Your original, creative lessons can be effectively reinforced by workbook activities and learning aids that piggyback on what you’ve discussed.
- Schedule Planning Time or Office Hours
The same thing could be said for planning time and devotional time: nobody has the time; you must make time.
If you’re a busy parent (and, let’s be honest, if you’re a parent, you’re busy) then you don’t have huge margins of time during which you can leisurely plan the next week’s lessons. This may leave you feeling ragged as you cram in lesson planning with your spare moments here and there.
If you want to make your lesson planning time easier and more efficient, one of the most straightforward ways is to ensure that you always have a set amount of time carved out for planning.
Make sure your family knows that these few hours on a specific day are your “office hours” and that you need a bit of alone time to properly prepare for the next week. It may even be a good idea to bring this work to a coffee shop or library if it’s possible to get away. Frontloading your time before the lessons may save you from feeling overwhelmed later.
Make sure to be disciplined about this time. Even if you manage to plan this week quickly, get a bit ahead if you can. You’ll thank yourself later.
- Include Time for Activities and Breaks
Another reason homeschool parents may feel pressure is because they feel that they have to fill every moment of time with lecture. As most teachers will tell you, some of the best learning can happen while the instructor is silent and the student is left to practice on their own.
Don’t feel like time that you aren’t verbally instructing is wasted. Be sure to plan in time for a break (for you and for them) as well as incorporating activities that pertain to the day’s lesson. If the unit warrants a field trip, that isn’t a frivolous use of time; it’s an opportunity to bring lessons to life and show the real-world applications of what your students are learning in class.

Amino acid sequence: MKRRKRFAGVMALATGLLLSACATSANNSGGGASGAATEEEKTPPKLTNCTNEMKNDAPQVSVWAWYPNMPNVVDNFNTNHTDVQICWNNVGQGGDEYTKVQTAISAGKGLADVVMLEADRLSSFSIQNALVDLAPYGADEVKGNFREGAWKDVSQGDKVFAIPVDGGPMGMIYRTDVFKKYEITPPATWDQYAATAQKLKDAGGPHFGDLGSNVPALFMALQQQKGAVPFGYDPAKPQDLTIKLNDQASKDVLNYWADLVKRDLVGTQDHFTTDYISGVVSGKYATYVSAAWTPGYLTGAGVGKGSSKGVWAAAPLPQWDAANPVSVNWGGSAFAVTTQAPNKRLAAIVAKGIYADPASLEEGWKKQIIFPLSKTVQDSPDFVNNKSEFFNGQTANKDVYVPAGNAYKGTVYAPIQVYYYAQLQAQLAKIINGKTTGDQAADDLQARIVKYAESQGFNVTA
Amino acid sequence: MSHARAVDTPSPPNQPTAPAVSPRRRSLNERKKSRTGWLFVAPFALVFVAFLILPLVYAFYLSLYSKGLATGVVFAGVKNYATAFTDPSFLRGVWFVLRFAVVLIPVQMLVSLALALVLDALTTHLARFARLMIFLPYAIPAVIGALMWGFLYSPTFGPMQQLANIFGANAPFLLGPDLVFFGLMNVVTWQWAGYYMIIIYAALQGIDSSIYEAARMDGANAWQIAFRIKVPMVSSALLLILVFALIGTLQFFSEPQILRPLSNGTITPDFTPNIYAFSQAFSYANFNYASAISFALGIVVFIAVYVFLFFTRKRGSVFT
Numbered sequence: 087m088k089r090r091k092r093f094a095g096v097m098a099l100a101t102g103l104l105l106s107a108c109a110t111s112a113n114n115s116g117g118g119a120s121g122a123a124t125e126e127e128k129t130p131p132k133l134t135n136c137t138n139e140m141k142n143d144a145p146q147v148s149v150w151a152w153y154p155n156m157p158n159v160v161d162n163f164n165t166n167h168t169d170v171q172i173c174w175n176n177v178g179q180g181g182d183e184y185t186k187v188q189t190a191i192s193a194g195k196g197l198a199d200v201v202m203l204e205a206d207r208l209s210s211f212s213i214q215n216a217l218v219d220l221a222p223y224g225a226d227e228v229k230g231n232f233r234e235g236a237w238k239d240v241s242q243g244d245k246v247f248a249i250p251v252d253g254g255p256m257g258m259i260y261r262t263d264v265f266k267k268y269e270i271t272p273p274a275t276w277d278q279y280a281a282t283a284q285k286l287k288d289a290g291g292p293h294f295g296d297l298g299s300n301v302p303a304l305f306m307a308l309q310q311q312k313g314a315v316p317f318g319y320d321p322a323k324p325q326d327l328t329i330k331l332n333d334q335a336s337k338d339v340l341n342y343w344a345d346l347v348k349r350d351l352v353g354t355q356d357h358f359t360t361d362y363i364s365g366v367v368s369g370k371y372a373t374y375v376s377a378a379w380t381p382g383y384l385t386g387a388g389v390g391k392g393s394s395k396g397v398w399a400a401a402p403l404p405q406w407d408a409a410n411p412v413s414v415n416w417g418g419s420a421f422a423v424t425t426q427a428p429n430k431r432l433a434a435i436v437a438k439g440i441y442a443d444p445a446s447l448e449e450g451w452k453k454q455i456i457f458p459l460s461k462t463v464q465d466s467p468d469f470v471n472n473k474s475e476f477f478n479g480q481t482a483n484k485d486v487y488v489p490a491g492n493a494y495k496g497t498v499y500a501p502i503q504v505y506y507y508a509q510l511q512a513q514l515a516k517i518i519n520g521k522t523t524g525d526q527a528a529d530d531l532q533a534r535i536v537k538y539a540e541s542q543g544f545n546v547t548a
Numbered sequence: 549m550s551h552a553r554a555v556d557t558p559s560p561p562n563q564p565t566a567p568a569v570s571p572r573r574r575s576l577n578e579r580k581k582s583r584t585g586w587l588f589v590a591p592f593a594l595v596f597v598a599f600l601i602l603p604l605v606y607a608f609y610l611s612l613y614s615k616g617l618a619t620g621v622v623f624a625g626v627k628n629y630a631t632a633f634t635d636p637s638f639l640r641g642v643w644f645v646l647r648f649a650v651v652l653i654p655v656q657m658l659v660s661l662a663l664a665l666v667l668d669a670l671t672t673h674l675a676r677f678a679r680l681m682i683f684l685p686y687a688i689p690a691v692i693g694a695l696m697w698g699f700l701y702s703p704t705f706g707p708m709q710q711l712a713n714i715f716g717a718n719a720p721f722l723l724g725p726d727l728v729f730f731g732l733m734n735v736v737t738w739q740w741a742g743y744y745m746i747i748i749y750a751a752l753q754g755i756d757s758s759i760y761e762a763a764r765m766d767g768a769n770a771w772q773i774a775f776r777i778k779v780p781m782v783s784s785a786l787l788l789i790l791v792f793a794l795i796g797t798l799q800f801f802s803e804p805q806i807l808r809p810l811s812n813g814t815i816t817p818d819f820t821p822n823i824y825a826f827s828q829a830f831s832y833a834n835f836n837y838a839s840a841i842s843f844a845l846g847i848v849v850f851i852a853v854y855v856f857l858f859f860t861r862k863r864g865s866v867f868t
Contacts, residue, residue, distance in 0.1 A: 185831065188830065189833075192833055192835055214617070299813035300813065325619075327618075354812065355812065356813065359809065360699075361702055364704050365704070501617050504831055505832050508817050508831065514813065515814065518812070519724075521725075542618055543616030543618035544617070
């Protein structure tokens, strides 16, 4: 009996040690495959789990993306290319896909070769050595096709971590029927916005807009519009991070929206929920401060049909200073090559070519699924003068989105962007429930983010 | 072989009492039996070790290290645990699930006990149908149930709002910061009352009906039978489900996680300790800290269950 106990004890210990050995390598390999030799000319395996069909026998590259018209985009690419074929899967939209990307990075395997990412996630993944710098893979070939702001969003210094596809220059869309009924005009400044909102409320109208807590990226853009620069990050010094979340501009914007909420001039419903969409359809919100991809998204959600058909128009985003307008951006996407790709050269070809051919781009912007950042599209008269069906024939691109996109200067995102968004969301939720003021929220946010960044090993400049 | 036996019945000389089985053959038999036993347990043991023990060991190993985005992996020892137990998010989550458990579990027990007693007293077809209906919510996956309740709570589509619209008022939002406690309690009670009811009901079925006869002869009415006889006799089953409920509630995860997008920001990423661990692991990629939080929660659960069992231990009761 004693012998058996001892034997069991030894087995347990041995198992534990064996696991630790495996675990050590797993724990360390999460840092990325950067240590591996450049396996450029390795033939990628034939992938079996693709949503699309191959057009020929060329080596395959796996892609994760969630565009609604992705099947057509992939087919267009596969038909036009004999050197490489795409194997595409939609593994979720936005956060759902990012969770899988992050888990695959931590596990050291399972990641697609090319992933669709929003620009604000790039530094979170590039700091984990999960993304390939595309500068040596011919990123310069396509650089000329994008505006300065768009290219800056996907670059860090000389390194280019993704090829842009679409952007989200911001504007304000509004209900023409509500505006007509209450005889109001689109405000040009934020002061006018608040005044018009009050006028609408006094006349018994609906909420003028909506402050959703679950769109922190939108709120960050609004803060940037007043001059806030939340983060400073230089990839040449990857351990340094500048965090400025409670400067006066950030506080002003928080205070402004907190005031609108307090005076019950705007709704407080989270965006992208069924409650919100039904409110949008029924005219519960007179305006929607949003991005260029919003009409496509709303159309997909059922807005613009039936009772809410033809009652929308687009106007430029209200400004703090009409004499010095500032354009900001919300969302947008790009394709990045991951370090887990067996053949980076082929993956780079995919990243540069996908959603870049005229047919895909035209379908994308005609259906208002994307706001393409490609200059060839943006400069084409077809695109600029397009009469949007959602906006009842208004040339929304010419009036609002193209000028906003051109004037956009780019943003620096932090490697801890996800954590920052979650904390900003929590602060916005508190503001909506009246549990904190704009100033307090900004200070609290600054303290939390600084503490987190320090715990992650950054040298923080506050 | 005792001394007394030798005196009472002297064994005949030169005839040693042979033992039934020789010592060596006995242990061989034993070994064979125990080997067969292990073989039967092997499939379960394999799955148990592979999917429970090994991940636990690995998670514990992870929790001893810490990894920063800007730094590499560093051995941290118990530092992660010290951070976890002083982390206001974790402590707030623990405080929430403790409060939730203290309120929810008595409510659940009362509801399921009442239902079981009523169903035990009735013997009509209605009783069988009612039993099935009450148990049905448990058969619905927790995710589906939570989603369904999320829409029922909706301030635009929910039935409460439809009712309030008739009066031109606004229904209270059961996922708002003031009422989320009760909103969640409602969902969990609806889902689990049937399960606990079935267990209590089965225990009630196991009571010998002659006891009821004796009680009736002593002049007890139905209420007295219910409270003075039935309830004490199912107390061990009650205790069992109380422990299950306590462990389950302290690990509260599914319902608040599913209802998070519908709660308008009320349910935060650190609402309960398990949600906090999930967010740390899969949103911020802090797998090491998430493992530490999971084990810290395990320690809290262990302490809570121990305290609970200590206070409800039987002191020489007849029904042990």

Never underestimate the power of a break. Anyone with a basic understanding of Maslow’s Hierarchy of Needs will tell you that a hungry belly probably isn’t very focused on multiplication tables. While a snack break can help you structure the school day more efficiently, it can also help your student learn better and retain the content.
For Christian homeschooling, feel free to incorporate quality engaging media to help teach kids about Jesus during the school day. While a fun video gives both of you a break, it can also be an excellent way to introduce a Bible story and begin a great conversation about God.
Christian families who choose to homeschool have plenty on their plates. From maintaining the home activities, to tending to the academic development of children, homeschooling is certainly a tall order. If homeschool planning has you feeling like you’re treading water, you’re certainly not alone. Testing out one or more of these tips can help you recenter your instruction and provide a bit more breathing room in your schedule.